Jorgansen Lightning, Inc. manufactures heavy duty street lightning systems for municipalities....

Question:

Jorgansen Lightning, Inc. manufactures heavy-duty street lightning systems for municipalities. The company uses variable costing for internal management reports and absorption costing for external reports to shareholders, creditors and the government. The company has provided the following data:

Year 1 Year 2 Year 3
Inventories
Beginning (units) 200 160 190
Ending (units) 160 190 240
Variable costing net operating income $290,000 269,000 $250,000

The company's fixed manufacturing overhead per unit was constant at $550 for all three years.

Required: 1. Calculate each year's absorption costing net operating income. Enter any losses or deductions as a negative value.

Reconciliation of Variable costing and Absorption Costing Net Operating incomes
Year 1 Year 2 Year 3
Variable costing net operating income
Add (deduct) fixed manufacturing overhead deferred in released from inventory under absorption costing
Absorption costing net operating income

Variable costing:

Variable costing is primarily used for management reporting purposes while absorption costing is used for external reporting purposes. The difference between the two is the treatment of fixed manufacturing overhead. Under variable costing, the fixed manufacturing overhead is recognized outright in the income statement while under the absorption costing, portion of the fixed overhead will be deferred since absorption costing recognizes fixed overhead as part of product cost.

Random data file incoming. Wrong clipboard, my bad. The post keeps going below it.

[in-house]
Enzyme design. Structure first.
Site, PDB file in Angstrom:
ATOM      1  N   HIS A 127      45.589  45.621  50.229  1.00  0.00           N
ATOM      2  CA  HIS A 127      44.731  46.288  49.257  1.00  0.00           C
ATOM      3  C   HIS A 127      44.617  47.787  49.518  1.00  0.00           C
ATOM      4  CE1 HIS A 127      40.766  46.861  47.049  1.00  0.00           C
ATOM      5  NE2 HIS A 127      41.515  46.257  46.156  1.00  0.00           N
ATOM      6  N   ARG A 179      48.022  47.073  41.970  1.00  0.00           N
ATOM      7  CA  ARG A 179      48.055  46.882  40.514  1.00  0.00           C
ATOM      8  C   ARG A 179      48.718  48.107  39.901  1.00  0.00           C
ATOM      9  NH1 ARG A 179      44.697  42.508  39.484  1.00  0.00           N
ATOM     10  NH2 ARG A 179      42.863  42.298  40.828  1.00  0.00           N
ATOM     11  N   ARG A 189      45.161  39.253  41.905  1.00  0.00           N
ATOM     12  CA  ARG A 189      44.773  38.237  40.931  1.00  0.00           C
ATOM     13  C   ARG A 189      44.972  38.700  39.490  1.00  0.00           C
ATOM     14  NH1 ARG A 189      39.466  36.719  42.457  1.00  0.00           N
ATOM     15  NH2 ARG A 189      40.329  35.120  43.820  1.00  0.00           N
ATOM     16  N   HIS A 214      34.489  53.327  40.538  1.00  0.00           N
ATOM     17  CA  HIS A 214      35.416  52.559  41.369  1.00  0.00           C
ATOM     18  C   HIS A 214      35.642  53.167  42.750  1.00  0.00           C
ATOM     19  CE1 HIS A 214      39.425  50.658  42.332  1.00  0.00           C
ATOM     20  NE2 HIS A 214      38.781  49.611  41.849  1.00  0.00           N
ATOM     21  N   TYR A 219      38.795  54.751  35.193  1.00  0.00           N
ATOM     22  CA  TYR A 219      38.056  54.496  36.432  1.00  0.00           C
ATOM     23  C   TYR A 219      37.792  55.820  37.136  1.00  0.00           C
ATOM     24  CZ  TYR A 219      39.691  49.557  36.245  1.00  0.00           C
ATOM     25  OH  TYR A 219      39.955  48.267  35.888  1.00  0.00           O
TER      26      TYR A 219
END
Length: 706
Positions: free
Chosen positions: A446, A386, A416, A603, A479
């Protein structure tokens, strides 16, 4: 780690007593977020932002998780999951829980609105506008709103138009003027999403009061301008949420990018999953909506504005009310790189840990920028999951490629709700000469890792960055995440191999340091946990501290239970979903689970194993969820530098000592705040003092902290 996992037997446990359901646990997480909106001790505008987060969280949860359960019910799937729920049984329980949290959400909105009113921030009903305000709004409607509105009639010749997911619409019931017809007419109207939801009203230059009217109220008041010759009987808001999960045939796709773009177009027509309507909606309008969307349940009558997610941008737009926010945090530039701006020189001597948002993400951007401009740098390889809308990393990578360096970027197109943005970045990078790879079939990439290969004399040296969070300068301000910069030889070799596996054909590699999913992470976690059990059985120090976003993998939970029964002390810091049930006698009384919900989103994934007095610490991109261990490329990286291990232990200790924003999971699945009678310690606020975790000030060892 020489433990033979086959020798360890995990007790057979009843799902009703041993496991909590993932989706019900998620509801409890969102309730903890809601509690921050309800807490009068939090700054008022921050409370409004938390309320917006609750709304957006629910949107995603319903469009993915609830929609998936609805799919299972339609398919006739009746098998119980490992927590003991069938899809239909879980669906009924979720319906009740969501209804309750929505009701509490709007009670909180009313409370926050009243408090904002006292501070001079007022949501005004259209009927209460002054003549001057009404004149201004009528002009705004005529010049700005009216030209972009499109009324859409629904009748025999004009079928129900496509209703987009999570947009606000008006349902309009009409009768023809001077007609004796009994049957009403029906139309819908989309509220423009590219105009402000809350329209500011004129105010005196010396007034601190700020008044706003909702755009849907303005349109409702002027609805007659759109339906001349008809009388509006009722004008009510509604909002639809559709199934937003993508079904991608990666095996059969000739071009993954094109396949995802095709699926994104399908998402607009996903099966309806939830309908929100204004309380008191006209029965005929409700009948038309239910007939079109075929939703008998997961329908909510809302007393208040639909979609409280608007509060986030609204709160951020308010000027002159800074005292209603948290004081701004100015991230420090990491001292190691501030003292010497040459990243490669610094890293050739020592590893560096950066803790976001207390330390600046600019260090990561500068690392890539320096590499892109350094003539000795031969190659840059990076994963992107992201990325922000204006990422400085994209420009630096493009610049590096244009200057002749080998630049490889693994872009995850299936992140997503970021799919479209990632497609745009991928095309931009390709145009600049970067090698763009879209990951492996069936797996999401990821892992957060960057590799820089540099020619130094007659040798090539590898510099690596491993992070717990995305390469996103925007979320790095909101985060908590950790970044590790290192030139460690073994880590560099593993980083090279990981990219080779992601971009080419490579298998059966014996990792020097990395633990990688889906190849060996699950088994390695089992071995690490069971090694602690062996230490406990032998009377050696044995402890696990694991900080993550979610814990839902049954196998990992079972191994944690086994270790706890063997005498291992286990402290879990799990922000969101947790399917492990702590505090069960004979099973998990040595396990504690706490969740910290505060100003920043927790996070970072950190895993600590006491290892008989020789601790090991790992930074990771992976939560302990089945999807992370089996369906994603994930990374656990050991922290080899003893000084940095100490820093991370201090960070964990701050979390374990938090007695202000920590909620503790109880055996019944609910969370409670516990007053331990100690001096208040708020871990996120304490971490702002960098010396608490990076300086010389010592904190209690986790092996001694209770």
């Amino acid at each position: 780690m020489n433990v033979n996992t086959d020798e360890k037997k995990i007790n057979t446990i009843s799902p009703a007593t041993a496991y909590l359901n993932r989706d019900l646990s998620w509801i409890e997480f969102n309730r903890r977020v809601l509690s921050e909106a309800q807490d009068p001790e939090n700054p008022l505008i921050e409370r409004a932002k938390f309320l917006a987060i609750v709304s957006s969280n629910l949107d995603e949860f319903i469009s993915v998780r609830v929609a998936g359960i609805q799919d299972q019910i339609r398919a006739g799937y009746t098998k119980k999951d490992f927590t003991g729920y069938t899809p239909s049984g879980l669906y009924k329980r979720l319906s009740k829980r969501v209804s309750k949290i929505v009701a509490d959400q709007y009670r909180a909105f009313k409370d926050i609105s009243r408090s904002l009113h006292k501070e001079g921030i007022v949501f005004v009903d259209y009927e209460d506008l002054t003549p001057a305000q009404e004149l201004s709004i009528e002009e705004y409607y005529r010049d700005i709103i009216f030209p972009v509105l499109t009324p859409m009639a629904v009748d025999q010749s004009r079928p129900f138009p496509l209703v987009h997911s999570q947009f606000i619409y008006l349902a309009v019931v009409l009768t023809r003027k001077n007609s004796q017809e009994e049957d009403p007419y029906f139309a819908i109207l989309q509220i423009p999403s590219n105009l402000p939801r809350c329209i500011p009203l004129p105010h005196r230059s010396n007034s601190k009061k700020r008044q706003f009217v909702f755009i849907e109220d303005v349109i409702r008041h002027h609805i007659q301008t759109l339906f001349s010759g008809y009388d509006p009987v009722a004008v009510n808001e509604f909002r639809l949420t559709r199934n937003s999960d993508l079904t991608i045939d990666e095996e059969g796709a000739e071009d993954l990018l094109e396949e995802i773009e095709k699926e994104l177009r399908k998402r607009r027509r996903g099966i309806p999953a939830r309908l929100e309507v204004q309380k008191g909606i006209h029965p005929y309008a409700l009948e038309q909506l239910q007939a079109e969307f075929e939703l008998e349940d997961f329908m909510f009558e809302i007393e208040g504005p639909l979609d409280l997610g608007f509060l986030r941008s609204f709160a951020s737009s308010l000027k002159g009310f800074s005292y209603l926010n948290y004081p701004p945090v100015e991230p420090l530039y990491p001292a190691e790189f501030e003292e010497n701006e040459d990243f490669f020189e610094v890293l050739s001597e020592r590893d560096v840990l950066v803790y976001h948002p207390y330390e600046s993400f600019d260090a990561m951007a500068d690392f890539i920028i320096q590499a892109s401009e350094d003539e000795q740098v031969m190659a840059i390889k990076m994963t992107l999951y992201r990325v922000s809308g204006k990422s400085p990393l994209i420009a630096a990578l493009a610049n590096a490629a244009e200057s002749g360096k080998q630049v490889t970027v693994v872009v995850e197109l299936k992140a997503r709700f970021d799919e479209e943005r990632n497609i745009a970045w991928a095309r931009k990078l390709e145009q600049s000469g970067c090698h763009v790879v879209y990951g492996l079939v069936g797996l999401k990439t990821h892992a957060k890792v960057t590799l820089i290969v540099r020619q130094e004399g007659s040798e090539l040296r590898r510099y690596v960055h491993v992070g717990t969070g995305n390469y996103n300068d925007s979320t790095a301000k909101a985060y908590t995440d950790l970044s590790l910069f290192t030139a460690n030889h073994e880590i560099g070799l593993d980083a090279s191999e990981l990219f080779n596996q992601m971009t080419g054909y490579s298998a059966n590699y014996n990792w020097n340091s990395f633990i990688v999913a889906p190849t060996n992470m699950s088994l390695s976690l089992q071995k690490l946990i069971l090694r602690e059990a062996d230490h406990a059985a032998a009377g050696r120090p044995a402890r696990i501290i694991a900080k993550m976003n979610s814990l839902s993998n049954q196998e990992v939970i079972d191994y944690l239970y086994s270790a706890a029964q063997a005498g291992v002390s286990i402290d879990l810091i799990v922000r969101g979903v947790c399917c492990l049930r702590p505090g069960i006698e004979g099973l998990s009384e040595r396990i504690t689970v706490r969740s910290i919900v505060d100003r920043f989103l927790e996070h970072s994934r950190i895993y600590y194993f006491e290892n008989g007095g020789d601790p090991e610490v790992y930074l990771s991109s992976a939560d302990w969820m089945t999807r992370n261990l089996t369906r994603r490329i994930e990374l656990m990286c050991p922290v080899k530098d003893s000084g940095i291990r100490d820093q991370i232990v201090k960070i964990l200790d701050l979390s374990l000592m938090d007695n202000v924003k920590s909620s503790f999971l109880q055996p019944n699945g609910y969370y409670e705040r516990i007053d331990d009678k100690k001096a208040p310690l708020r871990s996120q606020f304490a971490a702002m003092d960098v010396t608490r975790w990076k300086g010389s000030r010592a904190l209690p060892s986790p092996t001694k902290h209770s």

Answer and Explanation:

Year 1 Year 2 Year 3
Variable Costing and Costing Net Operating Incomes. $290,000 $269,000 $250,000
Add (deduct) fixed manufacturing overhead deferred in (released from) inventory under absorption costing. ($22,000) 16,500 27,500
Absorption costing net operating income. $268,000 $285,500 $277,500

At year 1, since beginning inventory is greater than ending inventory, we are sure that the number of units sold is greater than the number of units produced. If number of units sold is greater then we can assume that the fixed overhead recognized in the income statement is greater under the absorption costing method than the variable costing method. Thus net income in absorption costing is lower than net income in variable costing method. To compute:

  • Absorption costing net operating income (year 1) = variable costing operating income + ((ending inventory - beginning inventory) x fixed overhead cost per unit))
  • Absorption costing net operating income (year 1) = $290,000 + ((160- 200) x $550))
  • Absorption costing net operating income (year 1) = $290,000 + (-40 x $550))
  • Absorption costing net operating income (year 1) = $290,000 - 22,000
  • Absorption costing net operating income (year 1) = $268,000

At year 2, the opposite will happen since the beginning inventory is lesser than the ending inventory.

  • Absorption costing net operating income (year 2) = variable costing operating income + ((ending inventory - beginning inventory) x fixed overhead cost per unit))
  • Absorption costing net operating income (year 2) = $269,000 + ((190- 160) x $550))
  • Absorption costing net operating income (year 2) = $269,000 + (30 x $550))
  • Absorption costing net operating income (year 2) = $269,000+ 16,500
  • Absorption costing net operating income (year 2) = $285,500

At year 3, the same scenario will happen as year 2:

  • Absorption costing net operating income (year 3) = variable costing operating income + ((ending inventory - beginning inventory) x fixed overhead cost per unit))
  • Absorption costing net operating income (year 3) = $250,000 + ((240- 190) x $550))
  • Absorption costing net operating income (year 3) = $250,000 + (50 x $550))
  • Absorption costing net operating income (year 3) = $250,000 + 27,500
  • Absorption costing net operating income (year 3) = $277,500

Learn more about this topic:

Loading...
Variable Costing: Method, Formula & Advantages

from Financial Accounting: Help and Review

Chapter 13 / Lesson 5
2.7K

Related to this Question

Explore our homework questions and answers library